New Delhi: India has sufficient stocks of urea to meet crop nutrient requirements during the kharif as well as rabi seasons and there is no need for imports till December, Chemicals and Fertilisers Minister Mansukh Mandaviya said on Monday. The minister said the prices of fertilisers have dropped in the international market and hoped that rates would further decline in the next six months.
“There is adequate availability of urea in the country. We have urea stocks to meet domestic requirements till December. We do not need to import till December,” Mandaviya told reporters.
The minister said the government has already imported 16 lakh tonnes of urea, which will be shipped in the next 45 days.
In the case of Di-Ammonium Phosphate (DAP), Mandaviya said the domestic production along with the long-term import arrangements would be sufficient to meet the local demand till December.
The minister asserted that the government has decided to protect farmers’ interest and has increased subsidy to ensure the availability of fertilisers at reasonable rates.
The kharif (summer-sown) season has already started while the sowing of rabi crops begins in October.
According to a senior fertiliser ministry official, the state governments currently have stocks of 70 lakh tonnes of urea, while 16 lakh tonnes of urea is being imported and 175 lakh tonnes of urea will be produced till December.
Moreover, the official said that 6 lakh tonnes of urea will be available from two new plants at Barauni and Sindri, which will be operational in October and another 20 lakh tonnes of conventional urea consumption will be replaced by liquid nano urea.
The total availability of urea is estimated at 287 lakh tonnes during June and December, while the demand is seen at 210 lakh tonnes, the official said.
India’s urea imports declined to around 77 lakh tonnes in the last fiscal year from 98 lakh tonnes in the 2020-21 financial year, the official said, adding that the imports might further come down to around 60 lakh tonnes in the current fiscal.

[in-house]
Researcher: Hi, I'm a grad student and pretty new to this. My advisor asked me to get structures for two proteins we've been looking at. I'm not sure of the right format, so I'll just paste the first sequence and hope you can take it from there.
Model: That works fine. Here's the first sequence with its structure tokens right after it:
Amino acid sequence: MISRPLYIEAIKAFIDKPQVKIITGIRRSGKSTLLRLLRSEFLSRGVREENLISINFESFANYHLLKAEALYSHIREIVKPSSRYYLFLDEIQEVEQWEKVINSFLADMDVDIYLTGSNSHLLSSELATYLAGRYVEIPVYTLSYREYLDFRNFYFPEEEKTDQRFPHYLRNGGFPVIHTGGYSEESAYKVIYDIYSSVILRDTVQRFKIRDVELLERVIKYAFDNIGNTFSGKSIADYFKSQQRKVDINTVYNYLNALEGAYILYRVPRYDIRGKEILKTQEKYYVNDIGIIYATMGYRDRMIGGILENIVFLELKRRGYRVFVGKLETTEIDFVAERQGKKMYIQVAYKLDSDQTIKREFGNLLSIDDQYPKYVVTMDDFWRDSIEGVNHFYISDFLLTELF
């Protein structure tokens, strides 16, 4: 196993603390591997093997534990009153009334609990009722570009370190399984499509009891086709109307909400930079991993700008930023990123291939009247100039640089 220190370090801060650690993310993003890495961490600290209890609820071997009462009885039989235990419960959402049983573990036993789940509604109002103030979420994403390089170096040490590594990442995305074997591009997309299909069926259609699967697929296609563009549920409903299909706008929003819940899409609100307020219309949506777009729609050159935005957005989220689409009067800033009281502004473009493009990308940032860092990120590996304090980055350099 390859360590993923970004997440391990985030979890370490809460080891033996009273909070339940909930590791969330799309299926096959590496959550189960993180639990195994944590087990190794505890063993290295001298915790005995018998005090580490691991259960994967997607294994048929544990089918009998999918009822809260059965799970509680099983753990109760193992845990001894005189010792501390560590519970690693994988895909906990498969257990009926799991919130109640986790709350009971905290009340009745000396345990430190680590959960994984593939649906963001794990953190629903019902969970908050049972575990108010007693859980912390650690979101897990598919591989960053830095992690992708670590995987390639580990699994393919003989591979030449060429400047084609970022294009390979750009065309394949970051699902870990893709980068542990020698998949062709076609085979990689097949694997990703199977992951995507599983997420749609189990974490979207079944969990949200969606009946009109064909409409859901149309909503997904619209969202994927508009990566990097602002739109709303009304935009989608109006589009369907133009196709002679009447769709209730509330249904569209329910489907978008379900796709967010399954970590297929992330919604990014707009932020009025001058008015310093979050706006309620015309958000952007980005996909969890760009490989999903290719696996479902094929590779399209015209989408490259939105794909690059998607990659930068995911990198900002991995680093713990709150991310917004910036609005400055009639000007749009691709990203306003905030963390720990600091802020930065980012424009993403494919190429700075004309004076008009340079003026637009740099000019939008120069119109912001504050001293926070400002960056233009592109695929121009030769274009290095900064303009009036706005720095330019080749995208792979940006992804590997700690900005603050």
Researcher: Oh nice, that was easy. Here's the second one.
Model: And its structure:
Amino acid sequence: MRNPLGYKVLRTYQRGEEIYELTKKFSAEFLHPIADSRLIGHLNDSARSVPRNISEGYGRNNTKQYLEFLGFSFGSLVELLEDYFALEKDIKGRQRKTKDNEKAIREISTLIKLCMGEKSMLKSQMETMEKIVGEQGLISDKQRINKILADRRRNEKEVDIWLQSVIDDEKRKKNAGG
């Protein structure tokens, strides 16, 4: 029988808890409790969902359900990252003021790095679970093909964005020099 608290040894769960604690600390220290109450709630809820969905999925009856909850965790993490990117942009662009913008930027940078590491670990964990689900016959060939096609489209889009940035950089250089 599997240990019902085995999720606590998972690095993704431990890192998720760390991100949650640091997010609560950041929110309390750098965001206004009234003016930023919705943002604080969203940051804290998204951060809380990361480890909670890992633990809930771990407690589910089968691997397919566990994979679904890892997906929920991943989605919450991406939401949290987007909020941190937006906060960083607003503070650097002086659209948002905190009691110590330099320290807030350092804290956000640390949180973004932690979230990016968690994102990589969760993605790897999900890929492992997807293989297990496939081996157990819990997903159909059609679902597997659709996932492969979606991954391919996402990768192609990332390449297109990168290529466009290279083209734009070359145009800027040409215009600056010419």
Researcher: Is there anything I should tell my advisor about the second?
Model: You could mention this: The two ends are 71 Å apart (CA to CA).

So far this fiscal, around 15 lakh tonnes urea has been imported and another 16 lakh tonnes will come in the next one and a half month.
The government has also entered into a long-term arrangement with Jordan.
Asked about the fertiliser subsidy, the official said that it would be around Rs 2.25 lakh crore.
The total fertilisers subsidy stood at Rs 1,62,132 crore in the 2021-22 fiscal year and at Rs 71,280 crore in 2013-14.
At present, urea is available at a highly subsidised price of Rs 266 for a 45 kg bag while DAP is sold at Rs 1,350 for a 50 kg bag.
The government is making available fertilisers, namely urea and 25 grades of P&K fertilisers to farmers at subsidised prices through fertiliser manufacturers/importers.
Under the Nutrient Based Subsidy (NBS) scheme, which is being implemented since April 2010, a fixed rate of subsidy (in Rs per kg basis) is announced for nutrients namely Nitrogen (N), Phosphate (P), Potash (K) and Sulphur (S) by the government on an annual basis.
The subsidy rates per kg for the nutrients N, P, K, and S are converted into per tonne subsidies on the various P&K fertilisers covered under the NBS.
In the case of urea, the Centre fixes the maximum retail prices and reimburses the difference between the maximum retail price and production cost in the form of a subsidy.
(With PTI inputs)
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